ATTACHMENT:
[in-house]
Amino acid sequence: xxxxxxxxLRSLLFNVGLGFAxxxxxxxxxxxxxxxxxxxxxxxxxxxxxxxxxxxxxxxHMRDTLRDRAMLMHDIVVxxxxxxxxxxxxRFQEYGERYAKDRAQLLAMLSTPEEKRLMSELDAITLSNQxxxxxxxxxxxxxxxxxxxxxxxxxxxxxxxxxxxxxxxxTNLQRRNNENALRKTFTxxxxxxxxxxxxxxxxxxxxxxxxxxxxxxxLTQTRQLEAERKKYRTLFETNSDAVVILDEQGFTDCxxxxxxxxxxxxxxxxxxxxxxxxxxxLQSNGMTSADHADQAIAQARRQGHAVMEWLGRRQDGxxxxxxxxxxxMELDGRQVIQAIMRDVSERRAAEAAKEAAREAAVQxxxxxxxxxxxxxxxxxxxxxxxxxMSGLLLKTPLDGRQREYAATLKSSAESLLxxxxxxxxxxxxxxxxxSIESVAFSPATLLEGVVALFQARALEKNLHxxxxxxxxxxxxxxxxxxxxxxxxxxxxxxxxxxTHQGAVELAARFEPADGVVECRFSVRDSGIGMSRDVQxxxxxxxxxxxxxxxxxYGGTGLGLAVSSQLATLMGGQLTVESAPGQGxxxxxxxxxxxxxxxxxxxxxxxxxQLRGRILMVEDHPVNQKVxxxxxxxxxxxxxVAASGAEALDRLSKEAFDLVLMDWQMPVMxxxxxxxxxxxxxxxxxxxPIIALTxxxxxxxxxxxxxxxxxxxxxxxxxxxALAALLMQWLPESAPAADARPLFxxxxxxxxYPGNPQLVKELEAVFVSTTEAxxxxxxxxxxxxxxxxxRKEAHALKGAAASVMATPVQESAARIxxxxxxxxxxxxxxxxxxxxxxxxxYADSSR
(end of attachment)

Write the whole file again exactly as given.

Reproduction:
[in-house]
Amino acid sequence: xxxxxxxxLRSLLFNVGLGFAxxxxxxxxxxxxxxxxxxxxxxxxxxxxxxxxxxxxxxxHMRDTLRDRAMLMHDIVVxxxxxxxxxxxxRFQEYGERYAKDRAQLLAMLSTPEEKRLMSELDAITLSNQxxxxxxxxxxxxxxxxxxxxxxxxxxxxxxxxxxxxxxxxTNLQRRNNENALRKTFTxxxxxxxxxxxxxxxxxxxxxxxxxxxxxxxLTQTRQLEAERKKYRTLFETNSDAVVILDEQGFTDCxxxxxxxxxxxxxxxxxxxxxxxxxxxLQSNGMTSADHADQAIAQARRQGHAVMEWLGRRQDGxxxxxxxxxxxMELDGRQVIQAIMRDVSERRAAEAAKEAAREAAVQxxxxxxxxxxxxxxxxxxxxxxxxxMSGLLLKTPLDGRQREYAATLKSSAESLLxxxxxxxxxxxxxxxxxSIESVAFSPATLLEGVVALFQARALEKNLHxxxxxxxxxxxxxxxxxxxxxxxxxxxxxxxxxxTHQGAVELAARFEPADGVVECRFSVRDSGIGMSRDVQxxxxxxxxxxxxxxxxxYGGTGLGLAVSSQLATLMGGQLTVESAPGQGxxxxxxxxxxxxxxxxxxxxxxxxxQLRGRILMVEDHPVNQKVxxxxxxxxxxxxxVAASGAEALDRLSKEAFDLVLMDWQMPVMxxxxxxxxxxxxxxxxxxxPIIALTxxxxxxxxxxxxxxxxxxxxxxxxxxxALAALLMQWLPESAPAADARPLFxxxxxxxxYPGNPQLVKELEAVFVSTTEAxxxxxxxxxxxxxxxxxRKEAHALKGAAASVMATPVQESAARIxxxxxxxxxxxxxxxxxxxxxxxxxYADSSR